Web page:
VAMPIRE ACADEMYVampire Academy was scripted by Mark Waters, the writer of Heathers, which is one of my favorite teen comedies, and cowriter of The Adventures of Ford Fairlane, which is one of my favorite movies of all time, and that, off the bat, makes this movie more encouraging as far as behind-the-scenes talent, than, say, Twilight, which was also based on a teen vampire novel. Thankfully, the vampires in this don't sparkle, but this is so far from a good vampire movie, like The Fearless Vampire Killers, or even a good revisionist vampire story, like True Blood. Some of its clunkiness is due to the fact that it's trying to be an epic adventure story and it's directed by a guy whose previous major credit was Mean Girls. Honestly, if you're looking for a cross between Mean Girls and Heathers, you're not going to find it here. This movie is very bland, and not much of it is recommendable. Just rewatch Heathers, or buy a copy of my novel A Boot Full Of Blood, which is a much better vampire story than this bullshit.

GUNDAY: This movie was a blast. It really feels like a '70s-style action flick. I'd describe this as being a Bollywood version of  a John Woo-style action movie - they even had a flying dove during one of the action scenes (I wish they would have put more doves in that scene - that would have been so funny). There are few songs, which is a nice change of pace. Compared to some of the more aggravating Bollywood films where the music video sequences never end, the songs here are molded into the main story pretty well. Though the movie does have its share of cheese, like when the main characters' shirts fly off during a fight scene, the movie's played pretty straight, though it does have its moments of humor and can be pretty funny. Overall, I thought this was a great movie. Please get ahold of this movie and check it out, even if you don't like Bollywood movies - it's worth it.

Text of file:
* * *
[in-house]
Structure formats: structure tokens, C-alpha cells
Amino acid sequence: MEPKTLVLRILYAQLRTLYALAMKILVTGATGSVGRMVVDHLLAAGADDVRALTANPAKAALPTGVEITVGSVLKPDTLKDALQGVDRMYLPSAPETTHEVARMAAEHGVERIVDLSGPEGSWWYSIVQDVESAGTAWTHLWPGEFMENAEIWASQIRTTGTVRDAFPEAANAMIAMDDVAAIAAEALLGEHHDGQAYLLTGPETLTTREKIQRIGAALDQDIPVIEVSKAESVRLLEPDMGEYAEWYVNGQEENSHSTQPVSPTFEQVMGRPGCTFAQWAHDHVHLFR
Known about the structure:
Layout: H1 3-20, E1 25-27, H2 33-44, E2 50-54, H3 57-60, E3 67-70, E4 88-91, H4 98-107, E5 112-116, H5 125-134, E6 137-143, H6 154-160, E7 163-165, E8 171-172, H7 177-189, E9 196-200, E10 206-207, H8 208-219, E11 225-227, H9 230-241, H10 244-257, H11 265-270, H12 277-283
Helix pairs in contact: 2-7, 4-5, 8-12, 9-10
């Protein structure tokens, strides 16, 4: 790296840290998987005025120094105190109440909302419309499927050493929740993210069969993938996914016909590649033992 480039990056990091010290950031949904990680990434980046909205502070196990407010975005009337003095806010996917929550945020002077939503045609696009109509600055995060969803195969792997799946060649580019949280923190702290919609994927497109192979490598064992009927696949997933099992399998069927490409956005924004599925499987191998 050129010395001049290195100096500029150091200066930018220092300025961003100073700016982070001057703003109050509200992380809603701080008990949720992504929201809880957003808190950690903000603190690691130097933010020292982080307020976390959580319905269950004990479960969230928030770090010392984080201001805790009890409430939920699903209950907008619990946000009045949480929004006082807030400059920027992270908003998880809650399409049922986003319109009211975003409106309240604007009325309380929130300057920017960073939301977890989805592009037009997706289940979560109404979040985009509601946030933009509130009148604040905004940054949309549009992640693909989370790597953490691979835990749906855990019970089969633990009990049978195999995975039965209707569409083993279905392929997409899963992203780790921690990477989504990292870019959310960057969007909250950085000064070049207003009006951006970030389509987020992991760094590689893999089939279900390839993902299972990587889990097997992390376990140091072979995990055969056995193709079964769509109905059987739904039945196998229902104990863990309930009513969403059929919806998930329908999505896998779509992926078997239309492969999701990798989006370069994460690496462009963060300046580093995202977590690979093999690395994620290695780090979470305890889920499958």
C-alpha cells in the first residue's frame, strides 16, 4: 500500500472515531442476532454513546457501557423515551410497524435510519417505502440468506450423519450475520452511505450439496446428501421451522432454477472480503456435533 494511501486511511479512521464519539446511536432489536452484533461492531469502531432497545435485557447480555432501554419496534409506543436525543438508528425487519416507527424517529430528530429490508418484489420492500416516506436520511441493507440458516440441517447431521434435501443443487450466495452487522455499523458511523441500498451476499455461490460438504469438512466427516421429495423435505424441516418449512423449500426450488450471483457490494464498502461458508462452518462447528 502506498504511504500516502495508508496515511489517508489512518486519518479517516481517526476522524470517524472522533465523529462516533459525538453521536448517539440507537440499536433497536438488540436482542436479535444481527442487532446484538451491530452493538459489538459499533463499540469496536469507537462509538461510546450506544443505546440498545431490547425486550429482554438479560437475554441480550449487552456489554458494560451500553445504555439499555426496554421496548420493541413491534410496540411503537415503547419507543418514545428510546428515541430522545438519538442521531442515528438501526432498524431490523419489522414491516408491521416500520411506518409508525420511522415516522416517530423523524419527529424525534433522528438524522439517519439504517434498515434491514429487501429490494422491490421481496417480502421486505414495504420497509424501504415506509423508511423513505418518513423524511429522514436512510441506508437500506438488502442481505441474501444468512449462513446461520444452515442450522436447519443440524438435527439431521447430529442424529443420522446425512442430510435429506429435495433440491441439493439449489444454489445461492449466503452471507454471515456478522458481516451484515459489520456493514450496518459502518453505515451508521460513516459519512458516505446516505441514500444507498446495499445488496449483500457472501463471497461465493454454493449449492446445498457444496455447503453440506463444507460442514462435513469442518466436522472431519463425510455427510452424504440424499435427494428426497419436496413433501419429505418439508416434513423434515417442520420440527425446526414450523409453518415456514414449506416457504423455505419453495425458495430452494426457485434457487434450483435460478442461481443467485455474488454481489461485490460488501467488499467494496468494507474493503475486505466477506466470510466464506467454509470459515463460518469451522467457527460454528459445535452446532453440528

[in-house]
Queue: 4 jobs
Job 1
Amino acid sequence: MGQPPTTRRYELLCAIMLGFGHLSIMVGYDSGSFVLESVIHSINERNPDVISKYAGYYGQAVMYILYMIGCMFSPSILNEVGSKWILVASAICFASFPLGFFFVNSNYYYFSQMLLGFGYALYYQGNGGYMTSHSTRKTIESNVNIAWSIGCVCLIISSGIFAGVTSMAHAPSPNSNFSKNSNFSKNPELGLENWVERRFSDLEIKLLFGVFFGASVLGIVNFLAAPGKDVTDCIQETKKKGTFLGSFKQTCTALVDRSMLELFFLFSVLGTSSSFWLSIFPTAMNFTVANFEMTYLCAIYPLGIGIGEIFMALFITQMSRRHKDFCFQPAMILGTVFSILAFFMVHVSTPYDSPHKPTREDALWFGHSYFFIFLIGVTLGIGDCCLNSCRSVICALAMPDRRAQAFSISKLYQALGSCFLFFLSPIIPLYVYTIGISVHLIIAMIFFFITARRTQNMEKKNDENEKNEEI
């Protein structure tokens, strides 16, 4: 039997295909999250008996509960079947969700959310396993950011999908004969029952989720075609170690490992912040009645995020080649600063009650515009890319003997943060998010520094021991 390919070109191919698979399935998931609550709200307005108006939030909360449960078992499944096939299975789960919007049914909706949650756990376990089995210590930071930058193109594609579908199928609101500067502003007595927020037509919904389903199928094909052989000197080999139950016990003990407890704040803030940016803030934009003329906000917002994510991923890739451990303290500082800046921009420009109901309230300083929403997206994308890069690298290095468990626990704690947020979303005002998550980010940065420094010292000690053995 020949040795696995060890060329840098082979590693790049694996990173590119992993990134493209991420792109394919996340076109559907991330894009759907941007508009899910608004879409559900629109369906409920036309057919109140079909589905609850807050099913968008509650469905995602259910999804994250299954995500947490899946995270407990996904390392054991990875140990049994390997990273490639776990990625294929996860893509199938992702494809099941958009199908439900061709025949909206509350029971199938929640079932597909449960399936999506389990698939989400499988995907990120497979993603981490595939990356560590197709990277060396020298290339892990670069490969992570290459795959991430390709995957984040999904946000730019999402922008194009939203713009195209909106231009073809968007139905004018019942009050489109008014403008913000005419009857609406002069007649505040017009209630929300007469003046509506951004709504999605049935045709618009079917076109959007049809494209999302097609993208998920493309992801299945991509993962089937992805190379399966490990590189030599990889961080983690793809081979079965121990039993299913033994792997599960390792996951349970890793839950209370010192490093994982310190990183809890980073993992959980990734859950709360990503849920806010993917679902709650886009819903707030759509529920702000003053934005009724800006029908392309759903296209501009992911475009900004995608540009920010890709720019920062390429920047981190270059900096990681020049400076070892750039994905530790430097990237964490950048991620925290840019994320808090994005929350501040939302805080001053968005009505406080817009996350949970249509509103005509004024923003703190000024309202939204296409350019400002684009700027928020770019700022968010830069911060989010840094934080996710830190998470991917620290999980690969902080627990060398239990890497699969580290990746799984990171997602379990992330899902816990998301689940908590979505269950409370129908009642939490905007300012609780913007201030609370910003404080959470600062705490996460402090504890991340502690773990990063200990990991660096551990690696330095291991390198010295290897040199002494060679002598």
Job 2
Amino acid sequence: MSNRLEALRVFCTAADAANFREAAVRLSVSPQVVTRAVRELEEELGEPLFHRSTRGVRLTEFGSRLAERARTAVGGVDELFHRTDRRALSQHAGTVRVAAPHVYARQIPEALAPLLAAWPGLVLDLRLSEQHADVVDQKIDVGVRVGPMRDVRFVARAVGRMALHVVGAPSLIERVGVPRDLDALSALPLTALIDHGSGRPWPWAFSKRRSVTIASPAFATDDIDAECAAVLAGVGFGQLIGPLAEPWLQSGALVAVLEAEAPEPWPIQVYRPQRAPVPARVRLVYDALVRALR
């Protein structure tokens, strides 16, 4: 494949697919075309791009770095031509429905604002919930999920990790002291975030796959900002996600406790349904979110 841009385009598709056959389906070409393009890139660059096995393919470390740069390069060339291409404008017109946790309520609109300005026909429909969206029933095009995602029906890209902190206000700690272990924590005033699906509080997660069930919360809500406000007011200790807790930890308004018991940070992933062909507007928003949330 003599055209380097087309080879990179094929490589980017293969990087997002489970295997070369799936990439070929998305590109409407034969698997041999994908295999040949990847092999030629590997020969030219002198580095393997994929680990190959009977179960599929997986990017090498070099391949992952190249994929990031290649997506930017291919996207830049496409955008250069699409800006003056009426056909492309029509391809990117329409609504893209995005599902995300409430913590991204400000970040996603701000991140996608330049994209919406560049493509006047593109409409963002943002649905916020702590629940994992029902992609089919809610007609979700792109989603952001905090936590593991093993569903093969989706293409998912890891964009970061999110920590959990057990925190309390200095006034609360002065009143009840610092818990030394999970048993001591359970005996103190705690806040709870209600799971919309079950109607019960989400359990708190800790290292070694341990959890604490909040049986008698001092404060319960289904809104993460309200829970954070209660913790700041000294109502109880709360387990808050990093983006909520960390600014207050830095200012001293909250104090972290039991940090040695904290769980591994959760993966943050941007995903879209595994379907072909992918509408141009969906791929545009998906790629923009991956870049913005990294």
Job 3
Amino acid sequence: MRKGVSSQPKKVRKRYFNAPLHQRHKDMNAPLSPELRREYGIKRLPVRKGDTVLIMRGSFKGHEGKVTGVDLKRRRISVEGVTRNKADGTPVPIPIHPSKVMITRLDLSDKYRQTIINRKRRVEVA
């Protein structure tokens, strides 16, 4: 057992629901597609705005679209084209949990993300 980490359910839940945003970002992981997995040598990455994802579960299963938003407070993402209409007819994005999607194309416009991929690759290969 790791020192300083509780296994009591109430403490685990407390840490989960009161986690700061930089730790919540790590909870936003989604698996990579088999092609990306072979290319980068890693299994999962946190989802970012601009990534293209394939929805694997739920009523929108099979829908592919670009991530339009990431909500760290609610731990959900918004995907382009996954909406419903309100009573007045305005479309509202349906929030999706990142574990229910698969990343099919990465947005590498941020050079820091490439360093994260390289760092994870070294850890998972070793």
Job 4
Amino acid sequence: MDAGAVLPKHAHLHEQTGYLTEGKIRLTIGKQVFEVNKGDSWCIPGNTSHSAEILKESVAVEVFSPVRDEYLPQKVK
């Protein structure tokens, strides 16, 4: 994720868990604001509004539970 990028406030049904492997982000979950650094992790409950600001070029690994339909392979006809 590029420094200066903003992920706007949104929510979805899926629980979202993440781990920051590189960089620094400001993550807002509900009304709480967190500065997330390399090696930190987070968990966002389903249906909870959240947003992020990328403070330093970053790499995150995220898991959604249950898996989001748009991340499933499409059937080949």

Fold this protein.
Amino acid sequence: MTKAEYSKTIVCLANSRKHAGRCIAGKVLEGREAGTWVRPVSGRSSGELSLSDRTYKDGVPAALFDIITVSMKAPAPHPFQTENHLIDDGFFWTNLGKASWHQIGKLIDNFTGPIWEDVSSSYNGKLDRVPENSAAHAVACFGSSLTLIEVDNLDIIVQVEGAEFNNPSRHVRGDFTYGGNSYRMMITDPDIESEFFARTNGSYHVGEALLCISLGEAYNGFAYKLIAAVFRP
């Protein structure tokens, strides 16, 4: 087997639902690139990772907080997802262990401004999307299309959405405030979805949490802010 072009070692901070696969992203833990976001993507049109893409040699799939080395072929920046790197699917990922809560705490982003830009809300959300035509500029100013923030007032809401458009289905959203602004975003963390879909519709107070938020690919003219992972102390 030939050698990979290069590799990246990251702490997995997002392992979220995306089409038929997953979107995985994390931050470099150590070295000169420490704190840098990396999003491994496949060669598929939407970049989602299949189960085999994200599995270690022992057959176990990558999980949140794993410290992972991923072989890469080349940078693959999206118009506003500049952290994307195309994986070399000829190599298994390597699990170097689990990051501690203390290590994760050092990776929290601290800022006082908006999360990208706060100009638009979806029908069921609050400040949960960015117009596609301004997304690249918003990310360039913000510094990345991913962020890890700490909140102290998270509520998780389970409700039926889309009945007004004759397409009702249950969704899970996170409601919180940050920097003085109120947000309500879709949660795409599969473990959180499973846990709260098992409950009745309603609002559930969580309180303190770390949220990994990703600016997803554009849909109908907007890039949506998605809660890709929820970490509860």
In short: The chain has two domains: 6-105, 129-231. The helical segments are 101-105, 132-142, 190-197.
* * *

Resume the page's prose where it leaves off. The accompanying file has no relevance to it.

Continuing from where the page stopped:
THE GRAND BUDAPEST HOTEL: This is an incredible fucking movie. If you love Wes Anderson, you need to see this movie. This is one of his best movies since The Fantastic Mr. Fox. Of course, feel free to avoid this movie if you hate Anderson's films, because nothing's going to change your mind about the movie if you already hate Wes Anderson, since it has everything about Wes' movies that you either love or hate about them: The weird sense of humor, the various recurring cast members from his other movies (Bill Murray and Owen Wilson's cameos are unsurprising if you're familiar with Wes' filmography, which frequently features Bill Murray and at least one of the Wilson brothers). I love the fact that most of the movie was shot in Academy ratio (which was what "fullscreen" was before widescreen televisions), and that each of the time periods has its own screen format -- "Old TV style" for the 1930s scenes, "Scope" for the '60s scene and standard ratio for the '80s scene. It's funny to me how they have the screen boxed in so they can use a Scope ratio for literally one scene, but this is only because I really like and know shit about aspect ratios (something known to anyone who's watched me film in Scope for no reason on the Comix Scrutinizer's Lost Girls and Unfunnies reviews).